A Republican Ohio state senator is under fire this week after asking whether “African-Americans or the colored population” have been disproportionately affected by the novel coronavirus pandemic because they “do not wash their hands as well as other groups.”
State Sen. Steve Huffman raised the question Tuesday during a hearing on whether to declare racism a public health crisis. Huffman, an emergency room doctor, wanted to know why black communities are being hit so much harder by the virus, posing the query to Angela Dawson, executive director of the Ohio Commission on Minority Health.
“I understand African-Americans have a higher incidence of chronic conditions and that makes them more susceptible to death from COVID. But why does it not make them more susceptible to just get COVID?” he asked. “Could it just be that African-Americans or the colored population do not wash their hands as well as other groups? Or wear a mask? Or do not socially distance themselves? Could that be the explanation for why the higher incidence?”
Dawson, who is black, quickly challenged the senator’s suggestion.
“That is not the opinion of leading medical experts in this country,” she responded, later adding: “Do all populations need to wash their hands? Absolutely, sir, but that is not where you are going to find the variance and the rationale for why these populations are more vulnerable.”
Huffman’s questions prompted swift outcry online and from other local lawmakers.
On Thursday, Cleveland.com reported Huffman was fired from his emergency-room physician job for the comments.
“Dr. Huffman’s comments are wholly inconsistent with our values and commitment to creating a tolerant and diverse workplace,” said McHenry Lee, a TeamHealth spokesman, according to Cleveland.com. “TeamHealth has terminated Dr. Huffman’s employment.”
Rep. Stephanie Howse, a Democrat and president of the Ohio Legislative Black Caucus who was present at the hearing, told the Dayton Daily News that Huffman’s word choice and question “highlights what racism is from a systematic perspective.”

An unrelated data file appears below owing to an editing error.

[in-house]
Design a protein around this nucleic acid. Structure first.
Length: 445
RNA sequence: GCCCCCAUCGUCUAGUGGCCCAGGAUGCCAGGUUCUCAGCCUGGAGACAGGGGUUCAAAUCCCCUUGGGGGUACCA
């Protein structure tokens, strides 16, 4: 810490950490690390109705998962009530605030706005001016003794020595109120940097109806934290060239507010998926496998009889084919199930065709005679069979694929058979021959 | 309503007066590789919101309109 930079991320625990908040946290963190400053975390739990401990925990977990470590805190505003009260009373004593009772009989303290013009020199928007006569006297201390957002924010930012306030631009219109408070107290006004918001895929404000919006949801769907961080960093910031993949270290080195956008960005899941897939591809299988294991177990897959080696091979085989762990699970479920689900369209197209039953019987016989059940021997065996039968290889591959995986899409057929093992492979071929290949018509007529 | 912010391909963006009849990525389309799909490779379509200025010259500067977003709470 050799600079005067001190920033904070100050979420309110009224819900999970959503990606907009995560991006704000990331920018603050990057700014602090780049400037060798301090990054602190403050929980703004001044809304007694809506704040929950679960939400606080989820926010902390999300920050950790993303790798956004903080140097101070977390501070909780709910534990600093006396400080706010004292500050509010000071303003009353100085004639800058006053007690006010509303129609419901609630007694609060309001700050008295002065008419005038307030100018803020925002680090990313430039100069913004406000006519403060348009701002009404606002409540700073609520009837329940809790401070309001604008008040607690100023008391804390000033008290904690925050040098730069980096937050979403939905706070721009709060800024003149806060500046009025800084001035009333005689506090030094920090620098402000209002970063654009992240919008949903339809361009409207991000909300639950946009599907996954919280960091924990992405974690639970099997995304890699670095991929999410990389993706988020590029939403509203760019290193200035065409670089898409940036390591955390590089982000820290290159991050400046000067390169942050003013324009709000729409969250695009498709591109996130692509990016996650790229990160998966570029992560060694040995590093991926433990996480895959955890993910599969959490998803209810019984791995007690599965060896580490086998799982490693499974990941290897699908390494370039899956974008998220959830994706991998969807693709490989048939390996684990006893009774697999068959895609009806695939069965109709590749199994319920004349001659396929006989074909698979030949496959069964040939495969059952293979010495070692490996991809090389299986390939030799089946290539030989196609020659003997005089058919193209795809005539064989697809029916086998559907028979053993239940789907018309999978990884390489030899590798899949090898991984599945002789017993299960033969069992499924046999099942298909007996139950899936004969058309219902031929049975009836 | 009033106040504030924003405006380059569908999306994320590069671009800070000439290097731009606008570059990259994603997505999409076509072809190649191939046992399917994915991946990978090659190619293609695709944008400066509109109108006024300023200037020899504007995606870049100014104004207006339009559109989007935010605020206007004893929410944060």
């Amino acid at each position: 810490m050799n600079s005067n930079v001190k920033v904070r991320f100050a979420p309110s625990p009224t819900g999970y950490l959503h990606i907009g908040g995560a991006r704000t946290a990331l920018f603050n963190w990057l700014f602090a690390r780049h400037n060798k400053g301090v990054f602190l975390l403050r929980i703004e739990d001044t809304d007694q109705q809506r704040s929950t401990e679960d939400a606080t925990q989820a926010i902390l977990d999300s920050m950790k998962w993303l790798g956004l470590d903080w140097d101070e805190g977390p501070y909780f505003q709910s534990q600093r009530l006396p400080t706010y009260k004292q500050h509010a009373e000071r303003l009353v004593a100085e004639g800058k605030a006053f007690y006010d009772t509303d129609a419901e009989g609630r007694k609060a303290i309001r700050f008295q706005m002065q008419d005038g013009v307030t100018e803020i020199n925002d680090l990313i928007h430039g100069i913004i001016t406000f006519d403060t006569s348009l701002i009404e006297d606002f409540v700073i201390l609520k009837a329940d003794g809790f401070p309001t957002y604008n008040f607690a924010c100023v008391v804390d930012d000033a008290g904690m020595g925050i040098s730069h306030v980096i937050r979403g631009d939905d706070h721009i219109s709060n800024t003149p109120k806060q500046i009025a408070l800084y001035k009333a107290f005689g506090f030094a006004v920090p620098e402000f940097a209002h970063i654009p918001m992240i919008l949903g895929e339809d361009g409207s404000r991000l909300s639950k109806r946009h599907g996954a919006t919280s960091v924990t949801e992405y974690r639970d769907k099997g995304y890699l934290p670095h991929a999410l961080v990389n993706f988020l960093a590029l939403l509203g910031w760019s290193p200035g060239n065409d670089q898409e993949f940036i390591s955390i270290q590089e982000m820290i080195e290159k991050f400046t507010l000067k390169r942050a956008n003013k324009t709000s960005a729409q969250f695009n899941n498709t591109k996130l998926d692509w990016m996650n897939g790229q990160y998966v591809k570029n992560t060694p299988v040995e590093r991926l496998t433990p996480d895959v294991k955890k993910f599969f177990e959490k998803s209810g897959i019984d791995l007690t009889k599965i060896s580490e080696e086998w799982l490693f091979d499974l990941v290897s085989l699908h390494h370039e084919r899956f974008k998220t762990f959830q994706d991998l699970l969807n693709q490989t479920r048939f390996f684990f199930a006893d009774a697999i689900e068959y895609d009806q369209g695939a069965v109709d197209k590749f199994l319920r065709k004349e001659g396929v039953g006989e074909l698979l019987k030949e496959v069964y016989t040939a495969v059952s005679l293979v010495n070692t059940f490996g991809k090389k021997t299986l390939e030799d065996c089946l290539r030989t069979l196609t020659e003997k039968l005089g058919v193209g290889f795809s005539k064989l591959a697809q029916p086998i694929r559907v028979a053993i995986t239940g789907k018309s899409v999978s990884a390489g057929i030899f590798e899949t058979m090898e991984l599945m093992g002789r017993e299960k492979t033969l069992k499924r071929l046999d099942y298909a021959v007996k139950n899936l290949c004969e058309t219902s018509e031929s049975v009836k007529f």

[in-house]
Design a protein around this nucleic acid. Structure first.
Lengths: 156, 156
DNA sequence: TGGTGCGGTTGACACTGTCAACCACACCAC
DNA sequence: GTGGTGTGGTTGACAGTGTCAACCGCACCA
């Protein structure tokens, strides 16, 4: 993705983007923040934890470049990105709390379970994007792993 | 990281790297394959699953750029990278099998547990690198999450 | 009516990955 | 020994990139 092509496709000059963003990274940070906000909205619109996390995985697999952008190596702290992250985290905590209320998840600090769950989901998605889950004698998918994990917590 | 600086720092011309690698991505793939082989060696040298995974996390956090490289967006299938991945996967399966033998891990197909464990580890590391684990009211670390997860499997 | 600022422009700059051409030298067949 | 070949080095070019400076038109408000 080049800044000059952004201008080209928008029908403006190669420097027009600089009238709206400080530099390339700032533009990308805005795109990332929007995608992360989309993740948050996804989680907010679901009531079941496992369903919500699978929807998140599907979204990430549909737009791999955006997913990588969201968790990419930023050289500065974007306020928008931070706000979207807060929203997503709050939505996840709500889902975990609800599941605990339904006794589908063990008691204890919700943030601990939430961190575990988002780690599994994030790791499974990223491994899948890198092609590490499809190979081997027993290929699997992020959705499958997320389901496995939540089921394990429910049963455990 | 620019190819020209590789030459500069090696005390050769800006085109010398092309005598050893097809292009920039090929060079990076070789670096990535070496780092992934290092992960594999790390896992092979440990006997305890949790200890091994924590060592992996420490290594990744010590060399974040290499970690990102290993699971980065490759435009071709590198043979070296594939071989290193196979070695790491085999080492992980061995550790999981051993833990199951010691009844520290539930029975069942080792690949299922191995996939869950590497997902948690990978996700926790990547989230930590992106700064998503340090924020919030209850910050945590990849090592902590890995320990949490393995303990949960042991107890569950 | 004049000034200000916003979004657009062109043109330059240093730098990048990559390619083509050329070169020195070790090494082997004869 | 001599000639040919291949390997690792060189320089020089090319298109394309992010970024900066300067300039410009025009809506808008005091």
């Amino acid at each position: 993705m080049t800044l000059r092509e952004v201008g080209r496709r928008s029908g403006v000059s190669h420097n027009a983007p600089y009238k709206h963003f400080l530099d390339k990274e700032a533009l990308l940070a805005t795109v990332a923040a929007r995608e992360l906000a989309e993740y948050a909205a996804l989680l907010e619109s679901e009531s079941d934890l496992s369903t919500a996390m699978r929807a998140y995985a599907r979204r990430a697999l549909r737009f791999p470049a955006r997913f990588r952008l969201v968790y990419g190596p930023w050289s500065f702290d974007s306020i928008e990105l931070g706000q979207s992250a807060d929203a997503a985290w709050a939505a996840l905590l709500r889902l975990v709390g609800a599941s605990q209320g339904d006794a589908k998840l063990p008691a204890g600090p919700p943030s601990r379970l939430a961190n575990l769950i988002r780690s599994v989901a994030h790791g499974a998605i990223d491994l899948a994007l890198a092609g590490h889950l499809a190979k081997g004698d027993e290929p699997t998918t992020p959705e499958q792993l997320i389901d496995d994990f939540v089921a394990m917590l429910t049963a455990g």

“He’s a full legislator, but beyond that, professionally, he’s a doctor,” she said. “When we talk about the health disparities that happen because black folks aren’t believed when they’re actually hurt, they aren’t given the treatment that they need. Do you think that someone who acknowledges the ‘coloreds’ is going to give the love and care that people need when they come through those doors?”
In a phone interview with The Washington Post late Wednesday, Huffman insisted that his language was not intended to be derogatory and said he thought the phrases “people of color” and “colored population” were similar.
“‘People of color’ would have been better, but they seem to be interchangeable,” he said, before stressing repeatedly that the question had been rhetorical.
“I was trying to focus on why COVID-19 affects people of color at a higher rate since we really do not know all the reasons,” he said.
An April Washington Post analysis of early data from jurisdictions nationwide found that majority-black counties have three times the rate of coronavirus infections and almost six times the rate of deaths in comparison to counties made up of mostly white residents.
Earlier this month, The Post reported that blacks, who already are affected negatively by health disparities, were largely not prioritized as local governments nationwide scrambled to respond to the virus. Despite pleas from black leaders, a number of the first coronavirus testing sites appeared in whiter, more affluent areas, and educational campaigns about coronavirus prevention and social distancing targeting black communities were rare, according to The Post.
On Tuesday, as Dawson advocated for racism to be declared a public health crisis in Ohio, she credited the pandemic for revealing underlying social inequities in the state. According to the most recent figures, Ohio has more than 40,000 reported cases of coronavirus and at least 2,400 deaths.
“The COVID-19 pandemic and the brutal death of George Floyd unfortunately provided a pivotal point in time to not only focus on our safety and physical health, but on our emotional, mental and spiritual health,” Dawson told members of the Ohio Senate Health, Human Services and Medicaid Committee. “We must prioritize the marginalized and those who are suffering, bearing the burden of disease, illness and death.”
When Huffman raised the question over whether personal hygiene could be a factor driving black infection rates, people attending the hearing visibly reacted, cringing while the lawmaker spoke, state Sen. Cecil Thomas, a Democrat and committee member, told the Daily News.
“He’s an example of why we have to have this discussion about racism and how it impacts people,” Thomas said.
Huffman’s words were met with similar responses on social media Wednesday.
State Rep. Erica Crawley, a Democrat, accused Huffman of implying that black people are less hygienic or clean, tweeting, “This right here is the underlying implicit bias/covert racism that was in the question.”
State Rep. Tavia Galonski, also a Democrat, urged people to vote.
Huffman strongly disputed the criticisms, telling The Post that his words had been “taken out of context.” He also pushed back against concerns raised by critics about his role as a practicing physician.
“Anybody that comes into any emergency room, I give them the very best care regardless of what race they are,” he said.